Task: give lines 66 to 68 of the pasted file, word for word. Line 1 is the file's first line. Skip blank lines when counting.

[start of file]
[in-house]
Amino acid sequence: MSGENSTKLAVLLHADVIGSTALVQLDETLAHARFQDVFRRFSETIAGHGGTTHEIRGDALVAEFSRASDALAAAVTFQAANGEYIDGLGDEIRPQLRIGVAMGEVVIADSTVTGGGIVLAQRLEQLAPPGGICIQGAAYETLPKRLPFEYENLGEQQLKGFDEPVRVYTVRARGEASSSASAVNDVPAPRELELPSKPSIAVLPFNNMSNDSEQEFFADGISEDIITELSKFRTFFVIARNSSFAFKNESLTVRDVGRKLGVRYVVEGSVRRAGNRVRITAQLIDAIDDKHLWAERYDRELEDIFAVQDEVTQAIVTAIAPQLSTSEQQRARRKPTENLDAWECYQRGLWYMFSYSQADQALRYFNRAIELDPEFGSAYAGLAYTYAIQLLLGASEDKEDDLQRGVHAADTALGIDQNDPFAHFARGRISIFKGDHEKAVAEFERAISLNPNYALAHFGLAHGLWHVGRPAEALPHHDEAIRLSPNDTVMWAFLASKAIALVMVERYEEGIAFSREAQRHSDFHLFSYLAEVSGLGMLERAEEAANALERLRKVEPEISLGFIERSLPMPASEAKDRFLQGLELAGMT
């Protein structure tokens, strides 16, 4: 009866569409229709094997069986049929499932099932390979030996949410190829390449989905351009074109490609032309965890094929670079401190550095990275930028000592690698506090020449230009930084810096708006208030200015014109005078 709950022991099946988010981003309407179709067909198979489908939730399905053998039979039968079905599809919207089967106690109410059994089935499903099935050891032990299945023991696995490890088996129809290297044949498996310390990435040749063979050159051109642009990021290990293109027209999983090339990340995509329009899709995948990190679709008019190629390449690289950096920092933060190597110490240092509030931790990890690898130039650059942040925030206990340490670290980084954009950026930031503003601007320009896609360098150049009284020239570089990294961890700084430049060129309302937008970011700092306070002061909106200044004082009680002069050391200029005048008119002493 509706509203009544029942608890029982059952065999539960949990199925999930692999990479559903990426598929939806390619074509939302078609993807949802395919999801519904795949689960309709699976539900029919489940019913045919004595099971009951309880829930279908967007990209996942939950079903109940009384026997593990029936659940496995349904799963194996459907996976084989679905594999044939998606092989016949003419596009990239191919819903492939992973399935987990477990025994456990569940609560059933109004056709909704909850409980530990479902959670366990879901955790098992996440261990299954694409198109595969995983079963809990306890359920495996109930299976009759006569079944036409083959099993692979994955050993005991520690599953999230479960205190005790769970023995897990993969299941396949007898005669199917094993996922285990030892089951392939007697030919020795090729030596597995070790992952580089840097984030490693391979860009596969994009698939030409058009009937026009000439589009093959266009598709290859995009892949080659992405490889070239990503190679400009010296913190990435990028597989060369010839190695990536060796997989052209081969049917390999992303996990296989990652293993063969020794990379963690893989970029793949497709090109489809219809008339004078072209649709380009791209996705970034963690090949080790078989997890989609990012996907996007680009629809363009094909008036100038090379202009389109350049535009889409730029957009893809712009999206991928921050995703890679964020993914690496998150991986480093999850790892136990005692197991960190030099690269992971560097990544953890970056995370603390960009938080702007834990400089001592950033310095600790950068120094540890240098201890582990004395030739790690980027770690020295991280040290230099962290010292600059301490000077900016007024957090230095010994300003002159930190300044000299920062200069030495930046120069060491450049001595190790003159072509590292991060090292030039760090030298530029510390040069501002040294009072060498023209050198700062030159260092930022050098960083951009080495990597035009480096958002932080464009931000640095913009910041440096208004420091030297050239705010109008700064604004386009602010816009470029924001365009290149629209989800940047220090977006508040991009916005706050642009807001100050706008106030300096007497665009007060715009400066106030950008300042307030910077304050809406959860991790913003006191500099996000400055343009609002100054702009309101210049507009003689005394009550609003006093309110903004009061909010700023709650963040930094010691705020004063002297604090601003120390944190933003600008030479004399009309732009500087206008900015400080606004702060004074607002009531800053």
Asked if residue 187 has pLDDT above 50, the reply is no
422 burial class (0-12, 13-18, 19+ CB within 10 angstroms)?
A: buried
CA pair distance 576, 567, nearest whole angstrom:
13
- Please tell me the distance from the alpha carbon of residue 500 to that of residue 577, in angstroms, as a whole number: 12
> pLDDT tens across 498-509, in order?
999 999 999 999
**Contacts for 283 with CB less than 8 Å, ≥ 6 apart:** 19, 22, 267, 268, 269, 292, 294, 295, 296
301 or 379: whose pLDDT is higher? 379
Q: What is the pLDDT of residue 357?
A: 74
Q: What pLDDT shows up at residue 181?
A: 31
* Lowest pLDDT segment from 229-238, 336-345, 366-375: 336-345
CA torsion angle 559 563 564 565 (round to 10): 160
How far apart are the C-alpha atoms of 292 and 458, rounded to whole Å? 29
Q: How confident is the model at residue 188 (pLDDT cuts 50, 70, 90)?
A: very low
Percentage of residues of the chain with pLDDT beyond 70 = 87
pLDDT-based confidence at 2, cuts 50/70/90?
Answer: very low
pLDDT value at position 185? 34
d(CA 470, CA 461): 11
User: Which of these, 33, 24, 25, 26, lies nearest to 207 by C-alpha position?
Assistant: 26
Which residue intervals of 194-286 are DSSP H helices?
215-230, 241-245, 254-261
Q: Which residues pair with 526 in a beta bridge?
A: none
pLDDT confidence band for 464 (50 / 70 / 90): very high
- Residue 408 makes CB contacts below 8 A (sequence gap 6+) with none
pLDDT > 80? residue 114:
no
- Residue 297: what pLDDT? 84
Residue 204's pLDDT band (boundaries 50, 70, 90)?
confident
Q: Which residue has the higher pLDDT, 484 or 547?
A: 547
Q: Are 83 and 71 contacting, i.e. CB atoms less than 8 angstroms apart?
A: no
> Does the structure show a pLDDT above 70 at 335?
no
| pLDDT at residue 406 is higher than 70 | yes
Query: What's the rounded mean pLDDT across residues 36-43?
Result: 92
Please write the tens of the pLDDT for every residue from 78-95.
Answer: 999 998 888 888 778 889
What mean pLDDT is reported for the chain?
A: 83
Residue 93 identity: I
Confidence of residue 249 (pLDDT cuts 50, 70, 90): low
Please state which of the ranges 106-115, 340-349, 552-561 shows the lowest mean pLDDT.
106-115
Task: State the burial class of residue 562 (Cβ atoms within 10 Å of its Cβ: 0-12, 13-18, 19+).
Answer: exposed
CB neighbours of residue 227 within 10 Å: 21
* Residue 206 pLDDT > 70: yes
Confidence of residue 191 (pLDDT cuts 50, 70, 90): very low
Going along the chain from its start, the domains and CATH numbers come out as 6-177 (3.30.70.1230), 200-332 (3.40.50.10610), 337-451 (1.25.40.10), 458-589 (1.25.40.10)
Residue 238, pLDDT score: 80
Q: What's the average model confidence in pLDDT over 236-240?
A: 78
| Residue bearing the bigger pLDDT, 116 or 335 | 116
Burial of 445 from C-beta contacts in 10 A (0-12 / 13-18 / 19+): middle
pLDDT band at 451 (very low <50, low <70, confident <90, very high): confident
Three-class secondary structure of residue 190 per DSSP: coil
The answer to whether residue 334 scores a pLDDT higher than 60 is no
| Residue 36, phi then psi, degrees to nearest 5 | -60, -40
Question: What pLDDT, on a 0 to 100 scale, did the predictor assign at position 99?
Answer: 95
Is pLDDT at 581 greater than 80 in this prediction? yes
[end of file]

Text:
A: 78
| Residue bearing the bigger pLDDT, 116 or 335 | 116
Burial of 445 from C-beta contacts in 10 A (0-12 / 13-18 / 19+): middle